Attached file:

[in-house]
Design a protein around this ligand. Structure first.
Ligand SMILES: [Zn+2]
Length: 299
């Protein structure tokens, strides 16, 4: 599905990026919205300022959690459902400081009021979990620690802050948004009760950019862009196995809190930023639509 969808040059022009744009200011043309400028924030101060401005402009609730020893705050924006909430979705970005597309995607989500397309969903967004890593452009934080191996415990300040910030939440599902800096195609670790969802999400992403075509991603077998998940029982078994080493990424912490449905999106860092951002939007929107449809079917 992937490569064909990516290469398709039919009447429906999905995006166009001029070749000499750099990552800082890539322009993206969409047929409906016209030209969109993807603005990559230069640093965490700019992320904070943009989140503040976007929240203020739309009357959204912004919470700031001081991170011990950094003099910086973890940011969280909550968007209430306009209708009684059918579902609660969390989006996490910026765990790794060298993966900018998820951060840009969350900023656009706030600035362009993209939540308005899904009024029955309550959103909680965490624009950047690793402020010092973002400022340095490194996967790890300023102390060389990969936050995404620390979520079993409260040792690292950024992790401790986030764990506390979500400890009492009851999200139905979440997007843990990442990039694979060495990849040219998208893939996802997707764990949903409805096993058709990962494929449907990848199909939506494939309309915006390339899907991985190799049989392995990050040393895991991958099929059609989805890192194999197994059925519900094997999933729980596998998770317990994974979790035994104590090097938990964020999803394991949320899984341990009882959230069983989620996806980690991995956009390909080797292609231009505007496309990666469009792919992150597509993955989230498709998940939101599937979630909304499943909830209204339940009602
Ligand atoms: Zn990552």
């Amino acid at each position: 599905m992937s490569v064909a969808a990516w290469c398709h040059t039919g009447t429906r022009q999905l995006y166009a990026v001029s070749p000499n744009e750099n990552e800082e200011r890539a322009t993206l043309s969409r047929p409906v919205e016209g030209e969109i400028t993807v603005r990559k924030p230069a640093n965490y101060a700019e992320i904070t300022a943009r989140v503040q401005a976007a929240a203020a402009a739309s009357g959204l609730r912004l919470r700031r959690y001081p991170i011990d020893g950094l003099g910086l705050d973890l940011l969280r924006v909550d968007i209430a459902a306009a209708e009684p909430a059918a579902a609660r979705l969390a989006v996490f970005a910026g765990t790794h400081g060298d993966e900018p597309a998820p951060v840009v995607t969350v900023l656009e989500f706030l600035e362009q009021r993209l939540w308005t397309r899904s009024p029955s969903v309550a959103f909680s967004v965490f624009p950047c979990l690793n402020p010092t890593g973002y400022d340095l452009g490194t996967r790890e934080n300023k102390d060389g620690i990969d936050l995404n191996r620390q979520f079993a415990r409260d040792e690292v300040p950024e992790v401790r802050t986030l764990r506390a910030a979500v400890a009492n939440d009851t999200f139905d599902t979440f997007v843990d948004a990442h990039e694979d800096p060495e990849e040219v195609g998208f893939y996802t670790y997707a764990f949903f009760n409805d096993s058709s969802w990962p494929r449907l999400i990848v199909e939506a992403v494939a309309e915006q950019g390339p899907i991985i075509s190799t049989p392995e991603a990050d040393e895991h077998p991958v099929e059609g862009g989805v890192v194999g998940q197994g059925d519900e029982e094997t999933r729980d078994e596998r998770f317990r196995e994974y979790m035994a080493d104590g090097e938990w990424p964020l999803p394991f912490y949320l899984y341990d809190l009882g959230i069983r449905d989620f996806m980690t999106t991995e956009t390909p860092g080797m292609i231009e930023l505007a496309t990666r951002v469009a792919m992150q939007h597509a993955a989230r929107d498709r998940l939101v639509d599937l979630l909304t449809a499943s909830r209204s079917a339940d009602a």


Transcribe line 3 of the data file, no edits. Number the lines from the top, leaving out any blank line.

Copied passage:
Ligand SMILES: [Zn+2]